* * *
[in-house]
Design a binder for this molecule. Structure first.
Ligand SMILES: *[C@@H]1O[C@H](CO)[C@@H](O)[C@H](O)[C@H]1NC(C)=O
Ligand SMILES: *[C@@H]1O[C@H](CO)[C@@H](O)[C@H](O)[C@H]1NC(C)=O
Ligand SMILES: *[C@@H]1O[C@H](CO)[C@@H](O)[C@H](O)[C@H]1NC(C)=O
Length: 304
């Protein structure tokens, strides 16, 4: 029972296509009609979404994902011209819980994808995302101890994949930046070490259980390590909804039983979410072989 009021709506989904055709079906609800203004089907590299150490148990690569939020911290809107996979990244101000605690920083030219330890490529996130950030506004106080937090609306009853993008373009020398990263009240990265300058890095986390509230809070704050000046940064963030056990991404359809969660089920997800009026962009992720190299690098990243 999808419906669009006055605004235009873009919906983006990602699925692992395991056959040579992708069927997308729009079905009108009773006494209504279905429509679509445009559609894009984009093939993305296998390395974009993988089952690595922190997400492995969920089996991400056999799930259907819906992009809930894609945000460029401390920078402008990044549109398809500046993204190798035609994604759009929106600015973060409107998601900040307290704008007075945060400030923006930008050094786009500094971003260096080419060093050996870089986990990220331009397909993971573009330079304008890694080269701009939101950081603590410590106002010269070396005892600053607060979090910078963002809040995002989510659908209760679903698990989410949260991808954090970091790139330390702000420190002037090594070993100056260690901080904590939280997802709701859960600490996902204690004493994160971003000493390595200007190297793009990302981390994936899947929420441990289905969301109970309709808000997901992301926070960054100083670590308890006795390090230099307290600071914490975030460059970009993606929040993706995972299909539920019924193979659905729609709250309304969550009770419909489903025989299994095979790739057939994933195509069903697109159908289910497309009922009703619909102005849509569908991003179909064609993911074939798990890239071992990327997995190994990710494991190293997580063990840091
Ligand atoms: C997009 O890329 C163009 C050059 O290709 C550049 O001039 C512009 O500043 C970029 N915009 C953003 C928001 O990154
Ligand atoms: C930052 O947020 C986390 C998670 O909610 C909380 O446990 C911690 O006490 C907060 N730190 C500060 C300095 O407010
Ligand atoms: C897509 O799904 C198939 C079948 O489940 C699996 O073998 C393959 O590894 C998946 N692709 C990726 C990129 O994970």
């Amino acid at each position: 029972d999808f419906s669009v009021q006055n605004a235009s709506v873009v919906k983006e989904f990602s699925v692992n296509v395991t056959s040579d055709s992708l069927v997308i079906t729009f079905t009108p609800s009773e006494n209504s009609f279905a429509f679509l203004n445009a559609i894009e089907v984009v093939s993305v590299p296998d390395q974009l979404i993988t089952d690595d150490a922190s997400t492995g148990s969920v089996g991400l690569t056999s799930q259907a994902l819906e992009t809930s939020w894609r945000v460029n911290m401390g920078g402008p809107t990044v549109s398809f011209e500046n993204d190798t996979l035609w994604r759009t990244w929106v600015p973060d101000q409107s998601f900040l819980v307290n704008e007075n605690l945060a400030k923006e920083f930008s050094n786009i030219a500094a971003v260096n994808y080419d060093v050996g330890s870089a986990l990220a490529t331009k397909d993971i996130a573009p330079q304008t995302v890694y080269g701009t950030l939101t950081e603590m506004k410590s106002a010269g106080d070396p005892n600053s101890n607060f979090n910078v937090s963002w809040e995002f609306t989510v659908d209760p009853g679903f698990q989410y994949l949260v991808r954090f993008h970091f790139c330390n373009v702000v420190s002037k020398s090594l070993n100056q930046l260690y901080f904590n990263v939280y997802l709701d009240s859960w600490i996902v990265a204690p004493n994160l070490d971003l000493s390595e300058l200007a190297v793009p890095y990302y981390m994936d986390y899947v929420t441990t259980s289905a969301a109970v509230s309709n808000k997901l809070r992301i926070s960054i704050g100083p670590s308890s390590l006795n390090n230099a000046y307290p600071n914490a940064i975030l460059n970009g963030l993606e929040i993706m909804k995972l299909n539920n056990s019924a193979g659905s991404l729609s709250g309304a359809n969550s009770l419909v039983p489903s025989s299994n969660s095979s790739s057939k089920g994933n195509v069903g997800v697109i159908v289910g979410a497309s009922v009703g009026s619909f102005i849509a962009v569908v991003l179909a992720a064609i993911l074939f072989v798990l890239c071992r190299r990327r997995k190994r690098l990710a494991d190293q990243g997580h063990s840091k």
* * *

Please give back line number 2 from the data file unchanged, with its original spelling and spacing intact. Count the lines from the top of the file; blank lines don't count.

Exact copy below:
Design a binder for this molecule. Structure first.